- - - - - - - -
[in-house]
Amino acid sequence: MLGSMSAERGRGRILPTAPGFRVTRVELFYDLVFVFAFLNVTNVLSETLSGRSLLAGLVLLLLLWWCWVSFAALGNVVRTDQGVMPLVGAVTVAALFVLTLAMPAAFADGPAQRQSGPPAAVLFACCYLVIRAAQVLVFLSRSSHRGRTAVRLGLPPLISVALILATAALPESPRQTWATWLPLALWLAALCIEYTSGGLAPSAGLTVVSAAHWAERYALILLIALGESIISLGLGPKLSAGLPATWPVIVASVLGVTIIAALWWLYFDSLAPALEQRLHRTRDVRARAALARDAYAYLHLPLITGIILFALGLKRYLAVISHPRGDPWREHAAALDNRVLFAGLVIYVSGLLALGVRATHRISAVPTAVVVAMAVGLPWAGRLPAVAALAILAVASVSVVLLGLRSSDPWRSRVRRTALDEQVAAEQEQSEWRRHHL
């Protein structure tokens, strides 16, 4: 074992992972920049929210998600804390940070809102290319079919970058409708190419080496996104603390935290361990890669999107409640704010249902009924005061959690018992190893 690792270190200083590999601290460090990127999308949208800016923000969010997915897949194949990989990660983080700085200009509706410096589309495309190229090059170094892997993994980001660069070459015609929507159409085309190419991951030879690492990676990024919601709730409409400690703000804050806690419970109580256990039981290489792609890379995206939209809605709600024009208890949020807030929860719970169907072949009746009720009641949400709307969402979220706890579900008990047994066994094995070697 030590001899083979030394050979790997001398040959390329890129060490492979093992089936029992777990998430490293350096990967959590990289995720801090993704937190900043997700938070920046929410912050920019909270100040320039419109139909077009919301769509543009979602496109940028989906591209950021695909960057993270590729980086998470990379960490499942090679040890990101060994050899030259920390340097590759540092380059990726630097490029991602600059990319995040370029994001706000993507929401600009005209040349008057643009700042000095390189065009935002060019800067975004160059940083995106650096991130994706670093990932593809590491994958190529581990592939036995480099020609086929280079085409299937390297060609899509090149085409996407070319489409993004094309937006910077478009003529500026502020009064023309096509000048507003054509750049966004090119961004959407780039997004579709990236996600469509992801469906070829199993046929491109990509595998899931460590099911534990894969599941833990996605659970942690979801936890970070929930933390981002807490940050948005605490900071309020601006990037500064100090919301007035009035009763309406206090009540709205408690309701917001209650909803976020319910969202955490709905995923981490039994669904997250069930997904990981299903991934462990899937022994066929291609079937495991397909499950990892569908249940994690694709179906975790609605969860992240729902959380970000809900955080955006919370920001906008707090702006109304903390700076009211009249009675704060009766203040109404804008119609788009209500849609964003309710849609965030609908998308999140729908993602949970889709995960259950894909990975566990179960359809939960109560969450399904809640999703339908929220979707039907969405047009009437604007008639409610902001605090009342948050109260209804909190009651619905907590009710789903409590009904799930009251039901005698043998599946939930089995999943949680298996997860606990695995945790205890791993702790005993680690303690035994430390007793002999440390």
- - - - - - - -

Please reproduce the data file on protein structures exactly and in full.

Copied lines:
[in-house]
Amino acid sequence: MLGSMSAERGRGRILPTAPGFRVTRVELFYDLVFVFAFLNVTNVLSETLSGRSLLAGLVLLLLLWWCWVSFAALGNVVRTDQGVMPLVGAVTVAALFVLTLAMPAAFADGPAQRQSGPPAAVLFACCYLVIRAAQVLVFLSRSSHRGRTAVRLGLPPLISVALILATAALPESPRQTWATWLPLALWLAALCIEYTSGGLAPSAGLTVVSAAHWAERYALILLIALGESIISLGLGPKLSAGLPATWPVIVASVLGVTIIAALWWLYFDSLAPALEQRLHRTRDVRARAALARDAYAYLHLPLITGIILFALGLKRYLAVISHPRGDPWREHAAALDNRVLFAGLVIYVSGLLALGVRATHRISAVPTAVVVAMAVGLPWAGRLPAVAALAILAVASVSVVLLGLRSSDPWRSRVRRTALDEQVAAEQEQSEWRRHHL
């Protein structure tokens, strides 16, 4: 074992992972920049929210998600804390940070809102290319079919970058409708190419080496996104603390935290361990890669999107409640704010249902009924005061959690018992190893 690792270190200083590999601290460090990127999308949208800016923000969010997915897949194949990989990660983080700085200009509706410096589309495309190229090059170094892997993994980001660069070459015609929507159409085309190419991951030879690492990676990024919601709730409409400690703000804050806690419970109580256990039981290489792609890379995206939209809605709600024009208890949020807030929860719970169907072949009746009720009641949400709307969402979220706890579900008990047994066994094995070697 030590001899083979030394050979790997001398040959390329890129060490492979093992089936029992777990998430490293350096990967959590990289995720801090993704937190900043997700938070920046929410912050920019909270100040320039419109139909077009919301769509543009979602496109940028989906591209950021695909960057993270590729980086998470990379960490499942090679040890990101060994050899030259920390340097590759540092380059990726630097490029991602600059990319995040370029994001706000993507929401600009005209040349008057643009700042000095390189065009935002060019800067975004160059940083995106650096991130994706670093990932593809590491994958190529581990592939036995480099020609086929280079085409299937390297060609899509090149085409996407070319489409993004094309937006910077478009003529500026502020009064023309096509000048507003054509750049966004090119961004959407780039997004579709990236996600469509992801469906070829199993046929491109990509595998899931460590099911534990894969599941833990996605659970942690979801936890970070929930933390981002807490940050948005605490900071309020601006990037500064100090919301007035009035009763309406206090009540709205408690309701917001209650909803976020319910969202955490709905995923981490039994669904997250069930997904990981299903991934462990899937022994066929291609079937495991397909499950990892569908249940994690694709179906975790609605969860992240729902959380970000809900955080955006919370920001906008707090702006109304903390700076009211009249009675704060009766203040109404804008119609788009209500849609964003309710849609965030609908998308999140729908993602949970889709995960259950894909990975566990179960359809939960109560969450399904809640999703339908929220979707039907969405047009009437604007008639409610902001605090009342948050109260209804909190009651619905907590009710789903409590009904799930009251039901005698043998599946939930089995999943949680298996997860606990695995945790205890791993702790005993680690303690035994430390007793002999440390």